[MARMAM] New publication: "Epidemiological and genetic analysis of Cetacean Morbillivirus circulating in the Italian coast between 2018 and 2021"

Ignacio Vargas Castro ignavarg at ucm.es
Mon Jul 31 05:57:50 PDT 2023

Dear MARMAM community,

My co-authors and I are pleased to share our most recent publication titled
"Epidemiological and genetic analysis of Cetacean Morbillivirus circulating
in the Italian coast between 2018 and 2021".

You will find the open access publication at the *link*:

*Citation*: Vargas-Castro I, Peletto S, Mattioda V, Goria M, Serracca L,
Varello K, Sánchez-Vizcaíno JM, Puleio R, Nocera FD, Lucifora G, Acutis P,
Casalone C, Grattarola C and Giorda F (2023) Epidemiological and genetic
analysis of Cetacean Morbillivirus circulating on the Italian coast between
2018 and 2021. Front. Vet. Sci. 10:1216838. doi: 10.3389/fvets.2023.1216838


Cetacean morbillivirus (CeMV) has caused several outbreaks, unusual
mortality events, and interepidemic single-lethal disease episodes in
theMediterranean Sea. Since 2012, a new strain with a northeast (NE)
Atlantic origin has been circulating among Mediterranean cetaceans, causing
numerous deaths. The objective of this study was to determine the
prevalence of CeMV in cetaceans stranded in Italy between 2018 and 2021 and
characterize the strain of CeMV circulating. Out of the 354 stranded
cetaceans along the Italian coastlines, 113 were CeMV-positive. This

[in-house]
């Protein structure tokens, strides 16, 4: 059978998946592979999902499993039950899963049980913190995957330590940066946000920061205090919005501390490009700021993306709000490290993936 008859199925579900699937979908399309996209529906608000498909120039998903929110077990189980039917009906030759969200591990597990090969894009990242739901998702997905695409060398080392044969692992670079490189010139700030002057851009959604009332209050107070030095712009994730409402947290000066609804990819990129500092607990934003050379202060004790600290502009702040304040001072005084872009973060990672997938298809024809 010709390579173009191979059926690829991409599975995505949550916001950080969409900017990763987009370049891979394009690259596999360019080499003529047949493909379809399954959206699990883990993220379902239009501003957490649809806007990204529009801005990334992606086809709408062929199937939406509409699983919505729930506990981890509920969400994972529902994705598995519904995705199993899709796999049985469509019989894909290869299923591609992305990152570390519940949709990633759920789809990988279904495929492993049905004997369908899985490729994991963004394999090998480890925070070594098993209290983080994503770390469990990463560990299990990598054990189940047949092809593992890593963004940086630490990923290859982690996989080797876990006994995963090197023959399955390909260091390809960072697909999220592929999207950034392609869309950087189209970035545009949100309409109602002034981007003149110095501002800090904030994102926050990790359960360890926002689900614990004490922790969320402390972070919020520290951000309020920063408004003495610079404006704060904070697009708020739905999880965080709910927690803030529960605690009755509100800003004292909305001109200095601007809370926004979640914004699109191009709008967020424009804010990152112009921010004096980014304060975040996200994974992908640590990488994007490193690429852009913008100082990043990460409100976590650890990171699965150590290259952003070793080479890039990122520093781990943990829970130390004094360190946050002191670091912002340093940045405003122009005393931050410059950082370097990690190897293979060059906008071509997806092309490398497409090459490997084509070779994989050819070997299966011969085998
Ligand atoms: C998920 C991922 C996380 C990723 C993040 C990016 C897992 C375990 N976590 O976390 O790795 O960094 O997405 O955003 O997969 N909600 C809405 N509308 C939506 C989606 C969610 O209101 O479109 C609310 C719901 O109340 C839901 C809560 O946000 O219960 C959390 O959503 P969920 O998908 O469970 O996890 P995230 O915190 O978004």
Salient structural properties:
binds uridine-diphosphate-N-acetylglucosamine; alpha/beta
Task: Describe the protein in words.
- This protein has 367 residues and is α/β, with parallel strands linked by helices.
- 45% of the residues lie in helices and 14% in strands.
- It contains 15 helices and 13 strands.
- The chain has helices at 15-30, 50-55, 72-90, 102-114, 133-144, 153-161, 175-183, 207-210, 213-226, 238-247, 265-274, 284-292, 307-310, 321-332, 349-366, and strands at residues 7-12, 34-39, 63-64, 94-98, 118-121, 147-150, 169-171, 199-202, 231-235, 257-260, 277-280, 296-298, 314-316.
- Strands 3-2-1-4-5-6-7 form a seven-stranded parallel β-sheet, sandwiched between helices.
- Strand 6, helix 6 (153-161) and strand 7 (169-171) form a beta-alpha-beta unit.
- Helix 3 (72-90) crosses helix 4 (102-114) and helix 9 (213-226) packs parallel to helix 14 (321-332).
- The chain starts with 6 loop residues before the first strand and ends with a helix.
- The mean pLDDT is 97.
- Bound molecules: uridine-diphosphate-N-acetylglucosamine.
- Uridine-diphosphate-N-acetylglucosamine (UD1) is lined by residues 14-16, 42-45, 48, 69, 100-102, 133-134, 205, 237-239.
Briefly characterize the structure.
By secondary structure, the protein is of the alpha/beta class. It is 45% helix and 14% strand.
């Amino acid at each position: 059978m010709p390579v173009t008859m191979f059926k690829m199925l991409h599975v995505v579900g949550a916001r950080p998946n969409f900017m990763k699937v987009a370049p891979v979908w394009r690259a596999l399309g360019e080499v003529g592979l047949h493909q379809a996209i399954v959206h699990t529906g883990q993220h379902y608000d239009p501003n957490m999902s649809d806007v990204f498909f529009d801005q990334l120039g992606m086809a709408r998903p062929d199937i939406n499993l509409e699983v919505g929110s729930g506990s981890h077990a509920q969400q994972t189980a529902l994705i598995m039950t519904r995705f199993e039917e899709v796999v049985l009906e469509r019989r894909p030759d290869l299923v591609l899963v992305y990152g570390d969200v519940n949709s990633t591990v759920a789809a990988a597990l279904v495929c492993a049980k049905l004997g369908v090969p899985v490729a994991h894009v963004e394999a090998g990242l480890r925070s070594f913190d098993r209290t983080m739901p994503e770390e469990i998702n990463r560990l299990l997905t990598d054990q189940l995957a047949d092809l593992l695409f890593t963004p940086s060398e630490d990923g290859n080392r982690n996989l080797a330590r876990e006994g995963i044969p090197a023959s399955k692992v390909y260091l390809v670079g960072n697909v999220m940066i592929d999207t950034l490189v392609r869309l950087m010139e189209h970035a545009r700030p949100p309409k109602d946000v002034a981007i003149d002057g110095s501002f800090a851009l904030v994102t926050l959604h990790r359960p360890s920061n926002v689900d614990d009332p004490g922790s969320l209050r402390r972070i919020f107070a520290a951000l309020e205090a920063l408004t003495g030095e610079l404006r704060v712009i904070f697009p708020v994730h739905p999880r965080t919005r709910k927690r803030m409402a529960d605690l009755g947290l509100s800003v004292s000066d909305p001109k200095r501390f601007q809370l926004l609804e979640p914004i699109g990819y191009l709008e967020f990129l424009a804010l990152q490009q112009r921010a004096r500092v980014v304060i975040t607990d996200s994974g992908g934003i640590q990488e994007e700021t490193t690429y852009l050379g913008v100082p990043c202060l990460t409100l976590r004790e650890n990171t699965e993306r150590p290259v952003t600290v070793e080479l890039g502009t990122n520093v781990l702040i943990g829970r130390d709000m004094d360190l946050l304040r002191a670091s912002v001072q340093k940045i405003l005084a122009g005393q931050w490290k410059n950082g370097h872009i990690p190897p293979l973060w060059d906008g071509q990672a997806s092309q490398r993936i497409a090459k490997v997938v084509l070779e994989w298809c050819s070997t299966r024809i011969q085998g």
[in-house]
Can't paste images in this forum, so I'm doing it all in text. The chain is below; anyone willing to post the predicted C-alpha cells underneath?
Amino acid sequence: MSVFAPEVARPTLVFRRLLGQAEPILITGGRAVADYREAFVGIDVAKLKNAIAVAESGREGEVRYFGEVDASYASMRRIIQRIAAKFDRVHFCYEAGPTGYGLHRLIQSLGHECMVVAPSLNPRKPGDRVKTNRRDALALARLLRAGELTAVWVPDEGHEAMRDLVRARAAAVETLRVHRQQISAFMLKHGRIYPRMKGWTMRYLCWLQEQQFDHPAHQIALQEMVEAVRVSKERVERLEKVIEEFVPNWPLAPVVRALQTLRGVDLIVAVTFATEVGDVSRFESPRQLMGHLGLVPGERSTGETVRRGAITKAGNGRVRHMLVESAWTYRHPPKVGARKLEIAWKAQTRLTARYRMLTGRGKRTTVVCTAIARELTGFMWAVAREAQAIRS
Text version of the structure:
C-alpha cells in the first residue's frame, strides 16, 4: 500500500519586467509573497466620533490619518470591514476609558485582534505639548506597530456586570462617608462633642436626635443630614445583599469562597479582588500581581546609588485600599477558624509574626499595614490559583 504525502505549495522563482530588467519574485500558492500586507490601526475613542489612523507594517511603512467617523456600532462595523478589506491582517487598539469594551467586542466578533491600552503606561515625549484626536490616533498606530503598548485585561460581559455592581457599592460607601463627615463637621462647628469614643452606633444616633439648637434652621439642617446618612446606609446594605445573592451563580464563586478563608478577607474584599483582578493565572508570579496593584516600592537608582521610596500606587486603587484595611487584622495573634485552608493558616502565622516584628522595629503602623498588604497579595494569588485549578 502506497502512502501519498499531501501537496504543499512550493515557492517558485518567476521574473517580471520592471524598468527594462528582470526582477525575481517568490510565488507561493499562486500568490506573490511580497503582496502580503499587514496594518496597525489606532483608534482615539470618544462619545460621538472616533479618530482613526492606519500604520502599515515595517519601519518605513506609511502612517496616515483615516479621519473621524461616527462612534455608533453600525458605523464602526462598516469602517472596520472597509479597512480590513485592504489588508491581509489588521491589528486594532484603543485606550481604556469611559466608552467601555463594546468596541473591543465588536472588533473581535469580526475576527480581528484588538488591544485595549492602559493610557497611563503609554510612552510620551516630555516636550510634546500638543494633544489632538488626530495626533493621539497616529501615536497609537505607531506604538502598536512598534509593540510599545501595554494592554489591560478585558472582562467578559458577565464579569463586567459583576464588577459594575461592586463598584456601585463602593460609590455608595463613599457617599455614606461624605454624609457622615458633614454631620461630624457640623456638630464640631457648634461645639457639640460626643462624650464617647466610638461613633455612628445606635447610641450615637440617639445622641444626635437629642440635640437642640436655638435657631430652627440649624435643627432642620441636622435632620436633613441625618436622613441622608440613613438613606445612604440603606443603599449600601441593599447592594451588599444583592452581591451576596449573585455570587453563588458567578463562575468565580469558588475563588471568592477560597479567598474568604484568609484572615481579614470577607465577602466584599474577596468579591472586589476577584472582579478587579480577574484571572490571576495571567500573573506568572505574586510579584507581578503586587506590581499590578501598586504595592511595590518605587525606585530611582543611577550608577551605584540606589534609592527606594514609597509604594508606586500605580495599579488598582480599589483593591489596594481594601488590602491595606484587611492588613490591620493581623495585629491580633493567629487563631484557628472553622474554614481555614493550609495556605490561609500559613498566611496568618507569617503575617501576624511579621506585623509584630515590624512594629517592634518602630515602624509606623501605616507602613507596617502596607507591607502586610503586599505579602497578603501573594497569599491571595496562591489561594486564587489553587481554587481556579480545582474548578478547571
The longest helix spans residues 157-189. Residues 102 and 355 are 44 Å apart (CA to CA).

prevalence (31.9%) is one of the highest reported without an associated
outbreak. All marine sectors along the Italian coastlines, except for the
northern Adriatic coast, reported a positive molecular diagnosis of CeMV.
In one-third of the CeMV-positive cetaceans submitted to a histological
evaluation, a chronic form of the infection (detectable viral antigen, the
absence of associated lesions, and concomitant coinfections) was suspected.
Tissues from 24 animals were used to characterize the strain, obtaining 57
sequences from phosphoprotein, nucleocapsid, and fusion protein genes,
which were submitted to GenBank. Our sequences showed the highest identity
with NE-Atlantic strain sequences, and in the phylogenetic study, they
clustered together with them. Regarding age and species,most of these
individuals were adults (17/24, 70.83%) and striped dolphins (19/24,
79.16%). This study improves our understanding on the NE-Atlantic CeMV
strain in the Italian waters, supporting the hypothesis of an endemic
circulation of the virus in this area; however, additional studies are
necessary to deeply comprehend the epidemiology of this strain in the
Mediterranean Sea.

Please do not hesitate to contact us for any questions you may have.

Kind regards,

Ignacio Vargas-Castro

*Ignacio Vargas Castro*

DVM, PhD Student

Viral Immunology and Preventive Medicine Unit (SUAT)
VISAVET Health Surveillance Centre & Animal Health Department
Universidad Complutense Madrid

Av. Puerta de Hierro, s/n. 28040 Madrid.
Spainignavarg at ucm.eswww.sanidadanimal.info

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